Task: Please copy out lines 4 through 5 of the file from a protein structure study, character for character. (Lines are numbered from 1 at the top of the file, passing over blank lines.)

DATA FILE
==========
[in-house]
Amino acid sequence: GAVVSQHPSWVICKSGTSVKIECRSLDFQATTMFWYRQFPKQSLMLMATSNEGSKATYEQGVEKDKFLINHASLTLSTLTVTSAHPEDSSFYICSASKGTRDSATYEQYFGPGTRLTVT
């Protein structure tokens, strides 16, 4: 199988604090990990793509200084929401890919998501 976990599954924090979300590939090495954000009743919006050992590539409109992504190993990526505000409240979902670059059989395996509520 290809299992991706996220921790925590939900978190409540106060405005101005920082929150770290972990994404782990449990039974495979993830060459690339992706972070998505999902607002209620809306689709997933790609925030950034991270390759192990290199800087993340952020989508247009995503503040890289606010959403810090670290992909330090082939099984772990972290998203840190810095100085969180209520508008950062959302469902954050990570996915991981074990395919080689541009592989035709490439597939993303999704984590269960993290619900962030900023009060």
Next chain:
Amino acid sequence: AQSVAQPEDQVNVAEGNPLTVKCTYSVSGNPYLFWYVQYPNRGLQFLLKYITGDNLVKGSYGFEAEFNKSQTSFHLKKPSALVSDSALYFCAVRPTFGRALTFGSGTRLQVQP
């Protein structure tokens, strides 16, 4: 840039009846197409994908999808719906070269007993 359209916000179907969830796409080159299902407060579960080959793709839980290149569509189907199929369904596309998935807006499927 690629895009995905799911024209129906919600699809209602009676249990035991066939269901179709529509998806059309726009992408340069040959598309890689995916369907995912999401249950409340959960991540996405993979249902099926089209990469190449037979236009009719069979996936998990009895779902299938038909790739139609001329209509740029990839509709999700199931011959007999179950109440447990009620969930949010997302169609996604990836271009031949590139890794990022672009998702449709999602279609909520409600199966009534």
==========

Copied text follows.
Next chain:
Amino acid sequence: AQSVAQPEDQVNVAEGNPLTVKCTYSVSGNPYLFWYVQYPNRGLQFLLKYITGDNLVKGSYGFEAEFNKSQTSFHLKKPSALVSDSALYFCAVRPTFGRALTFGSGTRLQVQP